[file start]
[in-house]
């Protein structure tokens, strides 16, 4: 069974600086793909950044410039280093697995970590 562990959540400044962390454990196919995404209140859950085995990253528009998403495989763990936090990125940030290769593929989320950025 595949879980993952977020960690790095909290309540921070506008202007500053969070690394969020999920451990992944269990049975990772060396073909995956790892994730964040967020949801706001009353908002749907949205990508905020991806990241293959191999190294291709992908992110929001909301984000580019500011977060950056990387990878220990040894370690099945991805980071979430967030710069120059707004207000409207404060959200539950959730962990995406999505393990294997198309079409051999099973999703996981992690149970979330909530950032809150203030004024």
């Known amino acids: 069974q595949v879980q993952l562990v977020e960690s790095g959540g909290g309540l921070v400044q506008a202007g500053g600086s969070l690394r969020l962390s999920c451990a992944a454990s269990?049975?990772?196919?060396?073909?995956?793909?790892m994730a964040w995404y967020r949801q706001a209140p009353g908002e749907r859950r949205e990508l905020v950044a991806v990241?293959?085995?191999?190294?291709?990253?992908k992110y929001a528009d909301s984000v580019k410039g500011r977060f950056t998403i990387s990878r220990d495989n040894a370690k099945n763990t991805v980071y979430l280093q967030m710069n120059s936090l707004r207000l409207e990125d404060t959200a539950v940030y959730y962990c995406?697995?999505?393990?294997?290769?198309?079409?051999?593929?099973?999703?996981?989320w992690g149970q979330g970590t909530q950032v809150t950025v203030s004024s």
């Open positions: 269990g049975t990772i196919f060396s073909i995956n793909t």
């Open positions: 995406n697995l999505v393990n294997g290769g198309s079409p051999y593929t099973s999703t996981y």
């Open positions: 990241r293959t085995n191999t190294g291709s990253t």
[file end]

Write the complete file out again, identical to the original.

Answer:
[in-house]
């Protein structure tokens, strides 16, 4: 069974600086793909950044410039280093697995970590 562990959540400044962390454990196919995404209140859950085995990253528009998403495989763990936090990125940030290769593929989320950025 595949879980993952977020960690790095909290309540921070506008202007500053969070690394969020999920451990992944269990049975990772060396073909995956790892994730964040967020949801706001009353908002749907949205990508905020991806990241293959191999190294291709992908992110929001909301984000580019500011977060950056990387990878220990040894370690099945991805980071979430967030710069120059707004207000409207404060959200539950959730962990995406999505393990294997198309079409051999099973999703996981992690149970979330909530950032809150203030004024």
């Known amino acids: 069974q595949v879980q993952l562990v977020e960690s790095g959540g909290g309540l921070v400044q506008a202007g500053g600086s969070l690394r969020l962390s999920c451990a992944a454990s269990?049975?990772?196919?060396?073909?995956?793909?790892m994730a964040w995404y967020r949801q706001a209140p009353g908002e749907r859950r949205e990508l905020v950044a991806v990241?293959?085995?191999?190294?291709?990253?992908k992110y929001a528009d909301s984000v580019k410039g500011r977060f950056t998403i990387s990878r220990d495989n040894a370690k099945n763990t991805v980071y979430l280093q967030m710069n120059s936090l707004r207000l409207e990125d404060t959200a539950v940030y959730y962990c995406?697995?999505?393990?294997?290769?198309?079409?051999?593929?099973?999703?996981?989320w992690g149970q979330g970590t909530q950032v809150t950025v203030s004024s």
């Open positions: 269990g049975t990772i196919f060396s073909i995956n793909t």
């Open positions: 995406n697995l999505v393990n294997g290769g198309s079409p051999y593929t099973s999703t996981y």
């Open positions: 990241r293959t085995n191999t190294g291709s990253t």